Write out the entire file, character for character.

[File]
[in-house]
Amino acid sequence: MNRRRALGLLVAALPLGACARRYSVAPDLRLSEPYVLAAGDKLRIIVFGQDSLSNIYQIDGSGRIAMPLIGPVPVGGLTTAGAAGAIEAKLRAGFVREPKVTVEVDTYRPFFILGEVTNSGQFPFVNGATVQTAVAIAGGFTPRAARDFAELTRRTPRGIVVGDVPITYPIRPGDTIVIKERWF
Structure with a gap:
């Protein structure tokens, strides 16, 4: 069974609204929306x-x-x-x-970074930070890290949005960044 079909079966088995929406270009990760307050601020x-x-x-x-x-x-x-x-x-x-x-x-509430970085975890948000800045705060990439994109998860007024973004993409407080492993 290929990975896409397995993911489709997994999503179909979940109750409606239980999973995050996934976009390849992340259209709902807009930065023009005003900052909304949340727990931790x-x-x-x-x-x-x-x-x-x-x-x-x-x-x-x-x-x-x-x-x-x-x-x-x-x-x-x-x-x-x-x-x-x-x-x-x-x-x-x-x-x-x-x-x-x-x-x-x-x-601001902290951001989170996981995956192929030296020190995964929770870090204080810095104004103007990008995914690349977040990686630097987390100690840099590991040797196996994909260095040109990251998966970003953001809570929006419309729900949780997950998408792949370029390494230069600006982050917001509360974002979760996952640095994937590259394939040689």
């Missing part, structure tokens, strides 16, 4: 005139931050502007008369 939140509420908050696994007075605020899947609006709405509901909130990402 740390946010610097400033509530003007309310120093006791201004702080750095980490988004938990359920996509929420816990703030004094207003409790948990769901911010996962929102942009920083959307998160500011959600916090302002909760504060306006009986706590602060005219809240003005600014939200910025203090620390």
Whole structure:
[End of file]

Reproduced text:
[in-house]
Amino acid sequence: MNRRRALGLLVAALPLGACARRYSVAPDLRLSEPYVLAAGDKLRIIVFGQDSLSNIYQIDGSGRIAMPLIGPVPVGGLTTAGAAGAIEAKLRAGFVREPKVTVEVDTYRPFFILGEVTNSGQFPFVNGATVQTAVAIAGGFTPRAARDFAELTRRTPRGIVVGDVPITYPIRPGDTIVIKERWF
Structure with a gap:
């Protein structure tokens, strides 16, 4: 069974609204929306x-x-x-x-970074930070890290949005960044 079909079966088995929406270009990760307050601020x-x-x-x-x-x-x-x-x-x-x-x-509430970085975890948000800045705060990439994109998860007024973004993409407080492993 290929990975896409397995993911489709997994999503179909979940109750409606239980999973995050996934976009390849992340259209709902807009930065023009005003900052909304949340727990931790x-x-x-x-x-x-x-x-x-x-x-x-x-x-x-x-x-x-x-x-x-x-x-x-x-x-x-x-x-x-x-x-x-x-x-x-x-x-x-x-x-x-x-x-x-x-x-x-x-x-601001902290951001989170996981995956192929030296020190995964929770870090204080810095104004103007990008995914690349977040990686630097987390100690840099590991040797196996994909260095040109990251998966970003953001809570929006419309729900949780997950998408792949370029390494230069600006982050917001509360974002979760996952640095994937590259394939040689």
């Missing part, structure tokens, strides 16, 4: 005139931050502007008369 939140509420908050696994007075605020899947609006709405509901909130990402 740390946010610097400033509530003007309310120093006791201004702080750095980490988004938990359920996509929420816990703030004094207003409790948990769901911010996962929102942009920083959307998160500011959600916090302002909760504060306006009986706590602060005219809240003005600014939200910025203090620390």
Whole structure: